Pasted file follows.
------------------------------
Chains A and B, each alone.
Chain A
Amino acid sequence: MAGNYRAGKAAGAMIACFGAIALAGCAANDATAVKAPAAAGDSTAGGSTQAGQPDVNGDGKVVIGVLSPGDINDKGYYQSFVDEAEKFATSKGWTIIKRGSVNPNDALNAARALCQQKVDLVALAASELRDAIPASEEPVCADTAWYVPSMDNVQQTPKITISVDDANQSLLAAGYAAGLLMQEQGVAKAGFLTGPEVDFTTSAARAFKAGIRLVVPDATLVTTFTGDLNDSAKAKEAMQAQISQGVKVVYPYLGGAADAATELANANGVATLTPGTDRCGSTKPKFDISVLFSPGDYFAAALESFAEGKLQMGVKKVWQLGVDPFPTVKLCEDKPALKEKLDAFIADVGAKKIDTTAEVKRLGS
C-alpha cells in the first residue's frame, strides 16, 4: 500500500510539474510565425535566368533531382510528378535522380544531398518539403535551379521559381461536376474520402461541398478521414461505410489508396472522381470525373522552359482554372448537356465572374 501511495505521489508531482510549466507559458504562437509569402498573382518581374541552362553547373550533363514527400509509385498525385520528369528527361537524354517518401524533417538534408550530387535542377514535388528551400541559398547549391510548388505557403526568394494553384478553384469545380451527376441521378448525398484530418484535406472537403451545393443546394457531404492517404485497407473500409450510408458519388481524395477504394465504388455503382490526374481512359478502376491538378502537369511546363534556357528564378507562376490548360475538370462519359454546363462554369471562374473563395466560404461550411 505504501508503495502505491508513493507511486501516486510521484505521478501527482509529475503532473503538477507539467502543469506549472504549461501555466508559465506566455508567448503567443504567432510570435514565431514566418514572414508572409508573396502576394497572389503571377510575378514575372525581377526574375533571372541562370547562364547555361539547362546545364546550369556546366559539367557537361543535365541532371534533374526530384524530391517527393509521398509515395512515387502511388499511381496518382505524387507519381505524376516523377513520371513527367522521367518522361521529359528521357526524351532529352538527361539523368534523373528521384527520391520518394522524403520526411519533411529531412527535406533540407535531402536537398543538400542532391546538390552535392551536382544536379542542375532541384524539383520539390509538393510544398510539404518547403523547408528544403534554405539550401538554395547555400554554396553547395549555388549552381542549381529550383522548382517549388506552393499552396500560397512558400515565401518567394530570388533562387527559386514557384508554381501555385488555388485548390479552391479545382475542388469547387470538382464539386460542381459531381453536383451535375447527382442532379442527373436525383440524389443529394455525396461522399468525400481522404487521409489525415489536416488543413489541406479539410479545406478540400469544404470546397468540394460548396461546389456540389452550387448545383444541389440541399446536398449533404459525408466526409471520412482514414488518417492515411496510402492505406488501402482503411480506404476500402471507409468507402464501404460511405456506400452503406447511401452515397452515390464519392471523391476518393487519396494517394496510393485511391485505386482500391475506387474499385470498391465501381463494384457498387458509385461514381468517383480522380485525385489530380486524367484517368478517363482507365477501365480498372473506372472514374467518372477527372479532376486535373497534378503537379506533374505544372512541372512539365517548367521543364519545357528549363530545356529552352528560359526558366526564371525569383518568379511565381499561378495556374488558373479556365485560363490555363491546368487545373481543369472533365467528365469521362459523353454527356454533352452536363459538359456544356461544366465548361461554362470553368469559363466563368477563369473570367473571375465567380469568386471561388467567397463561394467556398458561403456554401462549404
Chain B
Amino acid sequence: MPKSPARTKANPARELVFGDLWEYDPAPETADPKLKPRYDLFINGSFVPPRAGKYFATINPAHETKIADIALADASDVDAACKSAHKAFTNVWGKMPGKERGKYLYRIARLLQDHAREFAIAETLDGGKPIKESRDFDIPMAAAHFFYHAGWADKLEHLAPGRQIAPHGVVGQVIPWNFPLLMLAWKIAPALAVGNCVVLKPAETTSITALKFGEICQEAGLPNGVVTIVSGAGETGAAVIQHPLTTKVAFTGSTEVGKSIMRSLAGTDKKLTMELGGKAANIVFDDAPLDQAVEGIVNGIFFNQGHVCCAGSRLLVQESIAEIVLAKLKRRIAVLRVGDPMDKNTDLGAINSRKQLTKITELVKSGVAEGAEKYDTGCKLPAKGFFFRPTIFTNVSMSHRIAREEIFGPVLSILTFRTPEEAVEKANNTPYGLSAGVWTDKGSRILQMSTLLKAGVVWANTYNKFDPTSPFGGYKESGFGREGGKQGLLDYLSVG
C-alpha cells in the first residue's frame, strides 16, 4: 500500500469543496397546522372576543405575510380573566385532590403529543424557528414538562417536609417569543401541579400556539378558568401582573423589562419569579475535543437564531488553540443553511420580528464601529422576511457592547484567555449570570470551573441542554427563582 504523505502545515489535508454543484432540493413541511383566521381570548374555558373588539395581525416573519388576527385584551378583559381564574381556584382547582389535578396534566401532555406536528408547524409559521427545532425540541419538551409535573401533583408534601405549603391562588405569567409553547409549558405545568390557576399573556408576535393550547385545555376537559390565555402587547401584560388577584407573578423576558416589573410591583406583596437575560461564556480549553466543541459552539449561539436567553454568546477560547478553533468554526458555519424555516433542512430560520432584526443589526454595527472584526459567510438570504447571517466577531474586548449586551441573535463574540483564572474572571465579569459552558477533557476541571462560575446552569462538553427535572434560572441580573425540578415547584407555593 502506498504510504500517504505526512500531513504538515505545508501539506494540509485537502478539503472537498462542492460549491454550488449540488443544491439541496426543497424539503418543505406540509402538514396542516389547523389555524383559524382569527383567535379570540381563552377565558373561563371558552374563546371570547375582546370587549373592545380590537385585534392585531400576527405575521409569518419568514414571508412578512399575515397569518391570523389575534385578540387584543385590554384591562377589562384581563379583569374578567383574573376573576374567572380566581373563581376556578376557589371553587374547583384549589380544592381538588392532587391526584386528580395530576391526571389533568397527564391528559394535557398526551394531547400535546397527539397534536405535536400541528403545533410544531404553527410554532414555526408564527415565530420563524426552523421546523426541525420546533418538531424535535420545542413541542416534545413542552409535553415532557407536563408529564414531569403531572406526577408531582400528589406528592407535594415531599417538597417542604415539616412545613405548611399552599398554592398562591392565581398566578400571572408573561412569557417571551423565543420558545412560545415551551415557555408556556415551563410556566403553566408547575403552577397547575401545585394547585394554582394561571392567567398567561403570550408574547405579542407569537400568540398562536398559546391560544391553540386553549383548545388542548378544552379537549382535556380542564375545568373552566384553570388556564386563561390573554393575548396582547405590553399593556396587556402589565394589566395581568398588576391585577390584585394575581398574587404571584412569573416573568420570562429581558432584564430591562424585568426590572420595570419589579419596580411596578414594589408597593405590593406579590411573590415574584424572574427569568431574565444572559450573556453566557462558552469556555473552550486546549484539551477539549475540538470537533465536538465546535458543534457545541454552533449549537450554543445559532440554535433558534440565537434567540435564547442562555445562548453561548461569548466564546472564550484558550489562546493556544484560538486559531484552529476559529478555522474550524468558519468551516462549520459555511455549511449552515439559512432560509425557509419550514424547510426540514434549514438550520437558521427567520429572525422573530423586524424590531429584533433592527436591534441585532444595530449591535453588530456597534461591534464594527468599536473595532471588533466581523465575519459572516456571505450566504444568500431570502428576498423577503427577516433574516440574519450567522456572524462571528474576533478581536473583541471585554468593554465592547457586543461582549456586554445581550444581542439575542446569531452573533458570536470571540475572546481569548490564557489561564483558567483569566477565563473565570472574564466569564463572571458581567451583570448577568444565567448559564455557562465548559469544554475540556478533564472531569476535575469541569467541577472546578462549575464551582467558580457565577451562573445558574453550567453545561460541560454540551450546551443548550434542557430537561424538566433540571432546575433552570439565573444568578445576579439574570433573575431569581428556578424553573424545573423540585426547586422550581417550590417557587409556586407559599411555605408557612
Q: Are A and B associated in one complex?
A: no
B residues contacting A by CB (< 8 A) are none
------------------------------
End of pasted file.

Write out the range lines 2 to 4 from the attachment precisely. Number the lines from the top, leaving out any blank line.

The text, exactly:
Chain A
Amino acid sequence: MAGNYRAGKAAGAMIACFGAIALAGCAANDATAVKAPAAAGDSTAGGSTQAGQPDVNGDGKVVIGVLSPGDINDKGYYQSFVDEAEKFATSKGWTIIKRGSVNPNDALNAARALCQQKVDLVALAASELRDAIPASEEPVCADTAWYVPSMDNVQQTPKITISVDDANQSLLAAGYAAGLLMQEQGVAKAGFLTGPEVDFTTSAARAFKAGIRLVVPDATLVTTFTGDLNDSAKAKEAMQAQISQGVKVVYPYLGGAADAATELANANGVATLTPGTDRCGSTKPKFDISVLFSPGDYFAAALESFAEGKLQMGVKKVWQLGVDPFPTVKLCEDKPALKEKLDAFIADVGAKKIDTTAEVKRLGS
C-alpha cells in the first residue's frame, strides 16, 4: 500500500510539474510565425535566368533531382510528378535522380544531398518539403535551379521559381461536376474520402461541398478521414461505410489508396472522381470525373522552359482554372448537356465572374 501511495505521489508531482510549466507559458504562437509569402498573382518581374541552362553547373550533363514527400509509385498525385520528369528527361537524354517518401524533417538534408550530387535542377514535388528551400541559398547549391510548388505557403526568394494553384478553384469545380451527376441521378448525398484530418484535406472537403451545393443546394457531404492517404485497407473500409450510408458519388481524395477504394465504388455503382490526374481512359478502376491538378502537369511546363534556357528564378507562376490548360475538370462519359454546363462554369471562374473563395466560404461550411 505504501508503495502505491508513493507511486501516486510521484505521478501527482509529475503532473503538477507539467502543469506549472504549461501555466508559465506566455508567448503567443504567432510570435514565431514566418514572414508572409508573396502576394497572389503571377510575378514575372525581377526574375533571372541562370547562364547555361539547362546545364546550369556546366559539367557537361543535365541532371534533374526530384524530391517527393509521398509515395512515387502511388499511381496518382505524387507519381505524376516523377513520371513527367522521367518522361521529359528521357526524351532529352538527361539523368534523373528521384527520391520518394522524403520526411519533411529531412527535406533540407535531402536537398543538400542532391546538390552535392551536382544536379542542375532541384524539383520539390509538393510544398510539404518547403523547408528544403534554405539550401538554395547555400554554396553547395549555388549552381542549381529550383522548382517549388506552393499552396500560397512558400515565401518567394530570388533562387527559386514557384508554381501555385488555388485548390479552391479545382475542388469547387470538382464539386460542381459531381453536383451535375447527382442532379442527373436525383440524389443529394455525396461522399468525400481522404487521409489525415489536416488543413489541406479539410479545406478540400469544404470546397468540394460548396461546389456540389452550387448545383444541389440541399446536398449533404459525408466526409471520412482514414488518417492515411496510402492505406488501402482503411480506404476500402471507409468507402464501404460511405456506400452503406447511401452515397452515390464519392471523391476518393487519396494517394496510393485511391485505386482500391475506387474499385470498391465501381463494384457498387458509385461514381468517383480522380485525385489530380486524367484517368478517363482507365477501365480498372473506372472514374467518372477527372479532376486535373497534378503537379506533374505544372512541372512539365517548367521543364519545357528549363530545356529552352528560359526558366526564371525569383518568379511565381499561378495556374488558373479556365485560363490555363491546368487545373481543369472533365467528365469521362459523353454527356454533352452536363459538359456544356461544366465548361461554362470553368469559363466563368477563369473570367473571375465567380469568386471561388467567397463561394467556398458561403456554401462549404